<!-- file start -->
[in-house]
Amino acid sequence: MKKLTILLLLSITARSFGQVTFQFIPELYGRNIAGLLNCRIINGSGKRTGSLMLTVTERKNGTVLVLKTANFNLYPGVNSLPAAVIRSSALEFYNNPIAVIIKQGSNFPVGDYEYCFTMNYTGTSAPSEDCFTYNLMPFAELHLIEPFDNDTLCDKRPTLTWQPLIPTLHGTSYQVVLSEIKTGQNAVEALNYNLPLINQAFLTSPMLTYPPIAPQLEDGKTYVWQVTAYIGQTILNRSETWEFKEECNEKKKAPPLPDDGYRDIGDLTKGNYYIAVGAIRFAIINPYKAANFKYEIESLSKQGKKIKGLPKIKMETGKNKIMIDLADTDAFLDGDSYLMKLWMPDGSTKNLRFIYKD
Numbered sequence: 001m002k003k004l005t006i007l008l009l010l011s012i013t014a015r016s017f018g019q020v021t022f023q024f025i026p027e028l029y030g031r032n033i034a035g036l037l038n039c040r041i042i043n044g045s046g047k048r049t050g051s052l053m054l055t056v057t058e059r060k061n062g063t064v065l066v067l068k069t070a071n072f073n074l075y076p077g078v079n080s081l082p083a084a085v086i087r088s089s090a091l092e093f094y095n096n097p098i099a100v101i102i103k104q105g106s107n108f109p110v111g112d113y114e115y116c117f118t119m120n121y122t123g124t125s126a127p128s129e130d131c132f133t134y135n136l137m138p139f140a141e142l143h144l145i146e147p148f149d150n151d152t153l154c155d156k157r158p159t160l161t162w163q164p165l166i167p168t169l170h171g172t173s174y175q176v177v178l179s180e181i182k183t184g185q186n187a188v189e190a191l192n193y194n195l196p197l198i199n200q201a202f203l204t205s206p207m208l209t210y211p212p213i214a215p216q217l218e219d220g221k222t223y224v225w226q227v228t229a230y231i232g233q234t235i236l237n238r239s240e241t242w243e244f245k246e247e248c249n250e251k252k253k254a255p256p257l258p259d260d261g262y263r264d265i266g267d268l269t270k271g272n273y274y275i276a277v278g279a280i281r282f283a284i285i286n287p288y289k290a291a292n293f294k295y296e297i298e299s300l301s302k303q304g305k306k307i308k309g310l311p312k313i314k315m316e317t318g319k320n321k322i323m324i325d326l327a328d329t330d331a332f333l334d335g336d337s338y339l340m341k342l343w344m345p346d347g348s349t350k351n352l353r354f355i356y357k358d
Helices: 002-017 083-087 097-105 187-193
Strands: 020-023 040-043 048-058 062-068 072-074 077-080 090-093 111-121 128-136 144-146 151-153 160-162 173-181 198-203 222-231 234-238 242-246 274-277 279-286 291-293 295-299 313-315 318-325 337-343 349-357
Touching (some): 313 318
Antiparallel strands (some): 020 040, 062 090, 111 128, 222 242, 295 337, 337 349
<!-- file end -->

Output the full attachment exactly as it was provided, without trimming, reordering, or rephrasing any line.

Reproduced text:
[in-house]
Amino acid sequence: MKKLTILLLLSITARSFGQVTFQFIPELYGRNIAGLLNCRIINGSGKRTGSLMLTVTERKNGTVLVLKTANFNLYPGVNSLPAAVIRSSALEFYNNPIAVIIKQGSNFPVGDYEYCFTMNYTGTSAPSEDCFTYNLMPFAELHLIEPFDNDTLCDKRPTLTWQPLIPTLHGTSYQVVLSEIKTGQNAVEALNYNLPLINQAFLTSPMLTYPPIAPQLEDGKTYVWQVTAYIGQTILNRSETWEFKEECNEKKKAPPLPDDGYRDIGDLTKGNYYIAVGAIRFAIINPYKAANFKYEIESLSKQGKKIKGLPKIKMETGKNKIMIDLADTDAFLDGDSYLMKLWMPDGSTKNLRFIYKD
Numbered sequence: 001m002k003k004l005t006i007l008l009l010l011s012i013t014a015r016s017f018g019q020v021t022f023q024f025i026p027e028l029y030g031r032n033i034a035g036l037l038n039c040r041i042i043n044g045s046g047k048r049t050g051s052l053m054l055t056v057t058e059r060k061n062g063t064v065l066v067l068k069t070a071n072f073n074l075y076p077g078v079n080s081l082p083a084a085v086i087r088s089s090a091l092e093f094y095n096n097p098i099a100v101i102i103k104q105g106s107n108f109p110v111g112d113y114e115y116c117f118t119m120n121y122t123g124t125s126a127p128s129e130d131c132f133t134y135n136l137m138p139f140a141e142l143h144l145i146e147p148f149d150n151d152t153l154c155d156k157r158p159t160l161t162w163q164p165l166i167p168t169l170h171g172t173s174y175q176v177v178l179s180e181i182k183t184g185q186n187a188v189e190a191l192n193y194n195l196p197l198i199n200q201a202f203l204t205s206p207m208l209t210y211p212p213i214a215p216q217l218e219d220g221k222t223y224v225w226q227v228t229a230y231i232g233q234t235i236l237n238r239s240e241t242w243e244f245k246e247e248c249n250e251k252k253k254a255p256p257l258p259d260d261g262y263r264d265i266g267d268l269t270k271g272n273y274y275i276a277v278g279a280i281r282f283a284i285i286n287p288y289k290a291a292n293f294k295y296e297i298e299s300l301s302k303q304g305k306k307i308k309g310l311p312k313i314k315m316e317t318g319k320n321k322i323m324i325d326l327a328d329t330d331a332f333l334d335g336d337s338y339l340m341k342l343w344m345p346d347g348s349t350k351n352l353r354f355i356y357k358d
Helices: 002-017 083-087 097-105 187-193
Strands: 020-023 040-043 048-058 062-068 072-074 077-080 090-093 111-121 128-136 144-146 151-153 160-162 173-181 198-203 222-231 234-238 242-246 274-277 279-286 291-293 295-299 313-315 318-325 337-343 349-357
Touching (some): 313 318
Antiparallel strands (some): 020 040, 062 090, 111 128, 222 242, 295 337, 337 349